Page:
Genetic investigators say the partnership between people and the ancestors of today's donkeys was sealed not by monarchs trying to establish kingdoms, but by mobile, pastoral people who had to recruit animals to help them survive the harsh Saharan landscape in northern Africa more than 5,000 years ago.
The findings, reported today by an international research team in Proceedings of the Royal Society B, paint a surprising picture of what small, isolated groups of people were able to accomplish when confronted with unpredictable storms and expanding desert.
"It says those early people were quite innovative, more so than many people today give them credit for," said senior author Connie J. Mulligan, Ph.D., an associate professor of anthropology at the University of Florida and associate director of the UF Genetics Institute. "The domestication of a wild animal was quite an intellectual breakthrough, and we have provided solid evidence that donkey domestication happened first in northern Africa and happened there more than once."
Sorting through the most comprehensive sampling of mitochondrial DNA ever assembled from ancient, historic and living specimens, scientists determined that the critically endangered African wild ass -- which today exists only in small numbers in eastern Africa, zoos and wildlife preserves -- is the living ancestor of the modern donkey.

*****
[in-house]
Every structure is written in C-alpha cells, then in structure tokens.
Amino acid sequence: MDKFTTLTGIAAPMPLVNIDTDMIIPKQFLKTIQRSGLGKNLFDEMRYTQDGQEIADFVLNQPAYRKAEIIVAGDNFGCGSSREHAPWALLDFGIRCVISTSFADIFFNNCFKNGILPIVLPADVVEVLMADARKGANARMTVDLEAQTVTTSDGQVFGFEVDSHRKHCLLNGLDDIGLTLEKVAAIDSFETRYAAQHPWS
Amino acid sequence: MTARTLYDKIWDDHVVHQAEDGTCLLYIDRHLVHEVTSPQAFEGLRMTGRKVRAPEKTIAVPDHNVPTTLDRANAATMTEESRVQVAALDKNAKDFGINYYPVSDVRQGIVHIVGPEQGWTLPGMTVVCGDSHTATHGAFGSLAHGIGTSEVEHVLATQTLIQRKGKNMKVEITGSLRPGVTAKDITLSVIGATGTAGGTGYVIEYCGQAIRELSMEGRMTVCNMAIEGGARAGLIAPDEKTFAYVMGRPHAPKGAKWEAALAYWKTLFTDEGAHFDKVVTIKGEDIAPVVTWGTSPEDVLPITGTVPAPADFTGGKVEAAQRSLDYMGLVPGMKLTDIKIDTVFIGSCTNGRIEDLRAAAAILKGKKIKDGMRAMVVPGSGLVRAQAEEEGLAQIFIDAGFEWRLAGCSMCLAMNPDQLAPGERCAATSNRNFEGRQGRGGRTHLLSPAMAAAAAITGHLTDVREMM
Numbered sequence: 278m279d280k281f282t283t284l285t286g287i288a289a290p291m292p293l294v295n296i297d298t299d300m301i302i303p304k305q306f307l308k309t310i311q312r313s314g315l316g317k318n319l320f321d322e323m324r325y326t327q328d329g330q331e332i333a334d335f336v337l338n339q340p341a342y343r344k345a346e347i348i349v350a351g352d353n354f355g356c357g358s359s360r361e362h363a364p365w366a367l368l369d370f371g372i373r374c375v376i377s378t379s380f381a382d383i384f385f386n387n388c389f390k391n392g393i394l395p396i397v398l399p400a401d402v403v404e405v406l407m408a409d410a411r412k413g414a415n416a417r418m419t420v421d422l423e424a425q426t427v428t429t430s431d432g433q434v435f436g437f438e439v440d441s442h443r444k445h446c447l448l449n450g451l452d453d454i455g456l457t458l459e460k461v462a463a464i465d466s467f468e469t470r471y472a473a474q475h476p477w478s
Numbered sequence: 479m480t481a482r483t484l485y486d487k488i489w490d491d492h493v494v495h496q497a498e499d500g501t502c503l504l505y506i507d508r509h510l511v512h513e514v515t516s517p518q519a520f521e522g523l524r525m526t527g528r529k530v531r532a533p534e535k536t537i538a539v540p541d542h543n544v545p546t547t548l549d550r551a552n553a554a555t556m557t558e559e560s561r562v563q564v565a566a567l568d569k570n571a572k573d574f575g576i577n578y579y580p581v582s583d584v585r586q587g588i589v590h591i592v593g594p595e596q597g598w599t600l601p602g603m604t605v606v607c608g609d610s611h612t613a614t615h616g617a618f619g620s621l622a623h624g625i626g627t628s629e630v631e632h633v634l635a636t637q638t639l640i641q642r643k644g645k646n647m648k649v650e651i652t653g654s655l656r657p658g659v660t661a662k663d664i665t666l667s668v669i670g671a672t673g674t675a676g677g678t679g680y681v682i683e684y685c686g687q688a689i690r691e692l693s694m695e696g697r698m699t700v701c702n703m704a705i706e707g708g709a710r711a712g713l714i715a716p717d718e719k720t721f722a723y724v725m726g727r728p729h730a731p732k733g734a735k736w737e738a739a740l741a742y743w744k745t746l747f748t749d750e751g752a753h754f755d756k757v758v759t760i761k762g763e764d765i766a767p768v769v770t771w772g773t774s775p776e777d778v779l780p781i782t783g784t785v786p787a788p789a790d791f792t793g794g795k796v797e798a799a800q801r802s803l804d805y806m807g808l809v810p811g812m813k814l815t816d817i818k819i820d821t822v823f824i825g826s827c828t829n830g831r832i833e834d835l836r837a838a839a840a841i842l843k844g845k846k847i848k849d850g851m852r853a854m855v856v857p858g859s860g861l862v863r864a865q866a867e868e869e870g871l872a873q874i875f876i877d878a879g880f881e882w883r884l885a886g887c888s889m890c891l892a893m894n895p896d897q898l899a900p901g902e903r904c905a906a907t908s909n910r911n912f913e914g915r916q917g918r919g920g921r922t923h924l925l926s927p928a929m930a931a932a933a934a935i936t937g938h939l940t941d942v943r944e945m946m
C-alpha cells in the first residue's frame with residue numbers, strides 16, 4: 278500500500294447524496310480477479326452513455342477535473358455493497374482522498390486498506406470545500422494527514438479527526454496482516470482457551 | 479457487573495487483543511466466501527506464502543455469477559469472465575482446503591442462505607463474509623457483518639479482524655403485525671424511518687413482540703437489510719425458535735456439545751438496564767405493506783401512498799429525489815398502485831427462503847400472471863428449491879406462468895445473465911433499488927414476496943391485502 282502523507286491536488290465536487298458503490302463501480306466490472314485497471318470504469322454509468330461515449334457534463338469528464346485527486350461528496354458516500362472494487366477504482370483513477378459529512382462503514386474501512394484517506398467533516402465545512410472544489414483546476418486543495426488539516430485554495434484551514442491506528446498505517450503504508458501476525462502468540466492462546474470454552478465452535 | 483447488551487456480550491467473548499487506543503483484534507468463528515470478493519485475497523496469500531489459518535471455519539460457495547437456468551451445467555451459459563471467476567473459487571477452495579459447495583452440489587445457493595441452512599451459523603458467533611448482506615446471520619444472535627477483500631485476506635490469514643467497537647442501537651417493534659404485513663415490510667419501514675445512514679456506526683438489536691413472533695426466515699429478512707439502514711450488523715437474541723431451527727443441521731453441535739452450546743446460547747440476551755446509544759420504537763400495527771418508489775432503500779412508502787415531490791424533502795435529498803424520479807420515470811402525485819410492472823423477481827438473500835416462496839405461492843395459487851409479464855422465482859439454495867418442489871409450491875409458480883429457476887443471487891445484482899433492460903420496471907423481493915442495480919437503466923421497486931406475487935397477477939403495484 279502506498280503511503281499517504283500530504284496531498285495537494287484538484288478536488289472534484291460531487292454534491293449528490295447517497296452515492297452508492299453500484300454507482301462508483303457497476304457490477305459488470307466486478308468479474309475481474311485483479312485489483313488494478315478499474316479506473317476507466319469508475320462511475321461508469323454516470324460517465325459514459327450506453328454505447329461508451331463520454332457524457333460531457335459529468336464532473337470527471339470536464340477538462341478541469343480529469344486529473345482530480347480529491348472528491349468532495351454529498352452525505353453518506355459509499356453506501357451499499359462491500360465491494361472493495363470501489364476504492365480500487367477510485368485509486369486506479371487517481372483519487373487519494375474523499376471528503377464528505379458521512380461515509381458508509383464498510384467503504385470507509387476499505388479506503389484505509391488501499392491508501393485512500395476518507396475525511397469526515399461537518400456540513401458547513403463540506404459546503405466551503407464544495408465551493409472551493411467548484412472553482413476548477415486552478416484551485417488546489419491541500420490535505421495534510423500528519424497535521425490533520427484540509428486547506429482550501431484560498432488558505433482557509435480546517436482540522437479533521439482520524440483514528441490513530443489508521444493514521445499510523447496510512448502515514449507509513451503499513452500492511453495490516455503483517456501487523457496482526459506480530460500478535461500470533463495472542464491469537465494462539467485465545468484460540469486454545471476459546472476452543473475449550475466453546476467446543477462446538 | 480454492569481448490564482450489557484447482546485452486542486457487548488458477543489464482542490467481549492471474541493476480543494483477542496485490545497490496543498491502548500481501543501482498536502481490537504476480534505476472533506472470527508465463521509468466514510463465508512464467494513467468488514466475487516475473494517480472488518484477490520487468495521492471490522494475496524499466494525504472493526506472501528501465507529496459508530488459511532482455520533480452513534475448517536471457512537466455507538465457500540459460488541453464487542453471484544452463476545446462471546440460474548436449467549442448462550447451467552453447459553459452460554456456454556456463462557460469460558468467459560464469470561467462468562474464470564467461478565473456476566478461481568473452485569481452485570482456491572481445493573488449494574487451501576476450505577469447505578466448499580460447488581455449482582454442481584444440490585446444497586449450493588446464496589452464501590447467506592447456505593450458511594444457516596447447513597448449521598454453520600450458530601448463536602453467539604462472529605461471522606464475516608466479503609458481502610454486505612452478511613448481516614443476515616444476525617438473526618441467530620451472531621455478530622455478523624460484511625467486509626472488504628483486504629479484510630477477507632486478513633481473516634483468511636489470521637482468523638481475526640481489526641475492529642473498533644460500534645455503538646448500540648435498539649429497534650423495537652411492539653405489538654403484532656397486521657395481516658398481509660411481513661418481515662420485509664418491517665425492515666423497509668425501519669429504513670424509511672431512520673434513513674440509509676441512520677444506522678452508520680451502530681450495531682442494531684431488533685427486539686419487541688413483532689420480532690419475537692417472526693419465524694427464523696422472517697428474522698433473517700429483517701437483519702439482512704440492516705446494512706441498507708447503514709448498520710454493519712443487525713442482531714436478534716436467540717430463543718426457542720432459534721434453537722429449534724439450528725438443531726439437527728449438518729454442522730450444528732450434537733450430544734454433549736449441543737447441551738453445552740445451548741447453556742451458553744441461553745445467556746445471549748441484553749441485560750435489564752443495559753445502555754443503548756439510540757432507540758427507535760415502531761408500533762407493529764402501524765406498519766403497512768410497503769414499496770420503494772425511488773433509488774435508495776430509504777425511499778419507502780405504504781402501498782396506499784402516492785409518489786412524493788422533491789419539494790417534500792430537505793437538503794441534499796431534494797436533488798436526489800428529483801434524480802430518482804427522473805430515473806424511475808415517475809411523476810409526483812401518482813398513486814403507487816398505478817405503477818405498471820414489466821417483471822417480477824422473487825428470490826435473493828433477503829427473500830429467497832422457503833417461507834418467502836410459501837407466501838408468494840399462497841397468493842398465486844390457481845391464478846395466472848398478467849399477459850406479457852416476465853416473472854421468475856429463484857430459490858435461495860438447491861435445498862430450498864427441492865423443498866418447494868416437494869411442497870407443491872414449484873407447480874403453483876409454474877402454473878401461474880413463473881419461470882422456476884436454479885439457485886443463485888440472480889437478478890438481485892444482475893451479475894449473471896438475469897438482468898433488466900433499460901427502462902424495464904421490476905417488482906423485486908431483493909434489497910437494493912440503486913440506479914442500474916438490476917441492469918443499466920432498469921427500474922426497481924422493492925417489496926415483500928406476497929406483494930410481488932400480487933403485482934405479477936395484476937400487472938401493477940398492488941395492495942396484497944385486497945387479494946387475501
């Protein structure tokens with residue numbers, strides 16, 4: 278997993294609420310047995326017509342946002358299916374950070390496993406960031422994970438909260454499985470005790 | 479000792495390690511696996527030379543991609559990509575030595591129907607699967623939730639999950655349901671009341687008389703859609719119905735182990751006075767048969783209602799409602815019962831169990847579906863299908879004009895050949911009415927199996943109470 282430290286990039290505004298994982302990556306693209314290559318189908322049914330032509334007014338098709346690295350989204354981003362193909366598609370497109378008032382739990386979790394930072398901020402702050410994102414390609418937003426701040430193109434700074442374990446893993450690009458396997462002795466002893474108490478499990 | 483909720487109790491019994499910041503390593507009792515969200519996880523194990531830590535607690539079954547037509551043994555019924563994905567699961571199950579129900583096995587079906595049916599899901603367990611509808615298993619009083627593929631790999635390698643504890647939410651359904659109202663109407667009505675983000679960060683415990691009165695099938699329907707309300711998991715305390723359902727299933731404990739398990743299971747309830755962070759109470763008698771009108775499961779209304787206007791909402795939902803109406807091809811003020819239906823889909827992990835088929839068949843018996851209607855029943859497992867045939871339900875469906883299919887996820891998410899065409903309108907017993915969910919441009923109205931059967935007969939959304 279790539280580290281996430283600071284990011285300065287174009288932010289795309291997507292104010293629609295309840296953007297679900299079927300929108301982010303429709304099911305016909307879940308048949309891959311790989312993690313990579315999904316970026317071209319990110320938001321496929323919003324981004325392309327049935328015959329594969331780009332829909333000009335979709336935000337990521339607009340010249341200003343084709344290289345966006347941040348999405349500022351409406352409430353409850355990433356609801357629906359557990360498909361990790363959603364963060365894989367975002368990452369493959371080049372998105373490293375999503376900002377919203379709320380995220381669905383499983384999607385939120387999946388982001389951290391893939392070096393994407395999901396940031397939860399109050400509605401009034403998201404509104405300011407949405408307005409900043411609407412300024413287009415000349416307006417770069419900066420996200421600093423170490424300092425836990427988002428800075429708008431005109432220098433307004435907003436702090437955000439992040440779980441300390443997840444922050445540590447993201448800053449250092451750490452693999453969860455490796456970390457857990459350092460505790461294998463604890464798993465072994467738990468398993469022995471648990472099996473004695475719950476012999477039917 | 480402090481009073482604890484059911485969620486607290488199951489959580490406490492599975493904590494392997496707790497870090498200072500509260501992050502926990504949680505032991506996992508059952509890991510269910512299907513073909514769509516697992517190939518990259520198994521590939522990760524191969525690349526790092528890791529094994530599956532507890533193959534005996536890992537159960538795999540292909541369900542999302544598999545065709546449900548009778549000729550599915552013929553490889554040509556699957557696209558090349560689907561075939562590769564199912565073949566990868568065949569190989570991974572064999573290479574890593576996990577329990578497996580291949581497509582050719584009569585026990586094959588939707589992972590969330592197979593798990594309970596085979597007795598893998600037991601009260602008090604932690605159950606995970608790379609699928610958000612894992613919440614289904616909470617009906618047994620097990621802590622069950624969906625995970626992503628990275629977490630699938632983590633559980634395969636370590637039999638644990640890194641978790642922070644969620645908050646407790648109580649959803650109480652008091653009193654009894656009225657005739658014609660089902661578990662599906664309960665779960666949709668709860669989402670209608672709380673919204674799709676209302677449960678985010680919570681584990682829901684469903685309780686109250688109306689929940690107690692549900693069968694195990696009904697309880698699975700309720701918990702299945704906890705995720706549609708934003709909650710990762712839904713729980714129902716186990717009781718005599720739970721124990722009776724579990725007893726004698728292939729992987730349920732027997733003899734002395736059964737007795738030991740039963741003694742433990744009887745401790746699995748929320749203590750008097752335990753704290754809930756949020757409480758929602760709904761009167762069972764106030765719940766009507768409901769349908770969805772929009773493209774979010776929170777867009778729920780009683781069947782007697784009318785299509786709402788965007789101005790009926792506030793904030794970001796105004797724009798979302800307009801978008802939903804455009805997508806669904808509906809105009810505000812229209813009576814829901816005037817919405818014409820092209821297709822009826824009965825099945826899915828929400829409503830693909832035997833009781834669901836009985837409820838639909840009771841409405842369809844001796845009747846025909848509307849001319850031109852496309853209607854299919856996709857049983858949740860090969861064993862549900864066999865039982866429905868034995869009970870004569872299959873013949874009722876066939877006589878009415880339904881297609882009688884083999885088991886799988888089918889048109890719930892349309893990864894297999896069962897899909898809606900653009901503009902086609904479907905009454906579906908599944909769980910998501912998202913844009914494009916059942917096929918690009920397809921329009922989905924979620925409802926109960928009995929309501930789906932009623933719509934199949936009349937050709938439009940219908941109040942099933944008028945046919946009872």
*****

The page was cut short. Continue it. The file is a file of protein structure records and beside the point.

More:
What's more, researchers found evidence to suggest that a subspecies called the Nubian wild ass, presumed vanished late in the 20th century, is not only a direct ancestor of the donkey -- it may still exist.
The ancestors of the domestic donkey were considered vital for collecting water, moving desert households and creating the first land-based trade routes between the ancient Egyptians and the Sumerians, according to study co-author Fiona B. Marshall, Ph.D., a professor of anthropology at Washington University in St. Louis.
An Old World prehisto
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University of Florida